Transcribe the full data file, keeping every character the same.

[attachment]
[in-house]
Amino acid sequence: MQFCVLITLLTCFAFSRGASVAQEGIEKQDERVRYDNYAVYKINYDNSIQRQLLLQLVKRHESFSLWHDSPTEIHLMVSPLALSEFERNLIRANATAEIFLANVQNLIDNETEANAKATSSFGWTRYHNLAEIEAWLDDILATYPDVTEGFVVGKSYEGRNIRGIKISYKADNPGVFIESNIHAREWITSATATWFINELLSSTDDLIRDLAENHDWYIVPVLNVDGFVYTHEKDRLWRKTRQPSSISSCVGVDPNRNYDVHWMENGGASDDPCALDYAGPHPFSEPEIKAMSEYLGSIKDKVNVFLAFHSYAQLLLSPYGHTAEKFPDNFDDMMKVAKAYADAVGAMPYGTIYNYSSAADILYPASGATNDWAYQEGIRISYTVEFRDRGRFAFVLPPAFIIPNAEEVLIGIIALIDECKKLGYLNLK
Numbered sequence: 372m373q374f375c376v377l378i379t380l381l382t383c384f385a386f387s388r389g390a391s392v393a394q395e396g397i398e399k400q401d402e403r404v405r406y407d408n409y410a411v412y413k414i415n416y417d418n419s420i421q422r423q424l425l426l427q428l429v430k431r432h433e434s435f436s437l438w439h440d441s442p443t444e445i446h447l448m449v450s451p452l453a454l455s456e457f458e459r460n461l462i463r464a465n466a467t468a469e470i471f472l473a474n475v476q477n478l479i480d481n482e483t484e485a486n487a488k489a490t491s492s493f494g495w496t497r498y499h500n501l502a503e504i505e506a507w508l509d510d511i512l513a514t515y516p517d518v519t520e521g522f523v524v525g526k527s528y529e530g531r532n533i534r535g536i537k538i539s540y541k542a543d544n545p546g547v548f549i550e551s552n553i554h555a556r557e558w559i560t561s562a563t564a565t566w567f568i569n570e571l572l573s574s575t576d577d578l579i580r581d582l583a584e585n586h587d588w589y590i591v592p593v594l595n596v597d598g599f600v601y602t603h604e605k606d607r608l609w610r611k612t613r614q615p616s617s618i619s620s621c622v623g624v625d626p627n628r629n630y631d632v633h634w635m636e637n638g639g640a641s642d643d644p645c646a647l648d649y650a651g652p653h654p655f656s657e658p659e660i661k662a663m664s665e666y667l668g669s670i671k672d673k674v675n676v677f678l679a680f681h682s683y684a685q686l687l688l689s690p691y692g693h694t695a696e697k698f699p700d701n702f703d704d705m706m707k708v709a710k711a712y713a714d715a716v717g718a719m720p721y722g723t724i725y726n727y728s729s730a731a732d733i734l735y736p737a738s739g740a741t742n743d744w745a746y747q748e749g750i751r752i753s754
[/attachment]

[in-house]
Amino acid sequence: MQFCVLITLLTCFAFSRGASVAQEGIEKQDERVRYDNYAVYKINYDNSIQRQLLLQLVKRHESFSLWHDSPTEIHLMVSPLALSEFERNLIRANATAEIFLANVQNLIDNETEANAKATSSFGWTRYHNLAEIEAWLDDILATYPDVTEGFVVGKSYEGRNIRGIKISYKADNPGVFIESNIHAREWITSATATWFINELLSSTDDLIRDLAENHDWYIVPVLNVDGFVYTHEKDRLWRKTRQPSSISSCVGVDPNRNYDVHWMENGGASDDPCALDYAGPHPFSEPEIKAMSEYLGSIKDKVNVFLAFHSYAQLLLSPYGHTAEKFPDNFDDMMKVAKAYADAVGAMPYGTIYNYSSAADILYPASGATNDWAYQEGIRISYTVEFRDRGRFAFVLPPAFIIPNAEEVLIGIIALIDECKKLGYLNLK
Numbered sequence: 372m373q374f375c376v377l378i379t380l381l382t383c384f385a386f387s388r389g390a391s392v393a394q395e396g397i398e399k400q401d402e403r404v405r406y407d408n409y410a411v412y413k414i415n416y417d418n419s420i421q422r423q424l425l426l427q428l429v430k431r432h433e434s435f436s437l438w439h440d441s442p443t444e445i446h447l448m449v450s451p452l453a454l455s456e457f458e459r460n461l462i463r464a465n466a467t468a469e470i471f472l473a474n475v476q477n478l479i480d481n482e483t484e485a486n487a488k489a490t491s492s493f494g495w496t497r498y499h500n501l502a503e504i505e506a507w508l509d510d511i512l513a514t515y516p517d518v519t520e521g522f523v524v525g526k527s528y529e530g531r532n533i534r535g536i537k538i539s540y541k542a543d544n545p546g547v548f549i550e551s552n553i554h555a556r557e558w559i560t561s562a563t564a565t566w567f568i569n570e571l572l573s574s575t576d577d578l579i580r581d582l583a584e585n586h587d588w589y590i591v592p593v594l595n596v597d598g599f600v601y602t603h604e605k606d607r608l609w610r611k612t613r614q615p616s617s618i619s620s621c622v623g624v625d626p627n628r629n630y631d632v633h634w635m636e637n638g639g640a641s642d643d644p645c646a647l648d649y650a651g652p653h654p655f656s657e658p659e660i661k662a663m664s665e666y667l668g669s670i671k672d673k674v675n676v677f678l679a680f681h682s683y684a685q686l687l688l689s690p691y692g693h694t695a696e697k698f699p700d701n702f703d704d705m706m707k708v709a710k711a712y713a714d715a716v717g718a719m720p721y722g723t724i725y726n727y728s729s730a731a732d733i734l735y736p737a738s739g740a741t742n743d744w745a746y747q748e749g750i751r752i753s754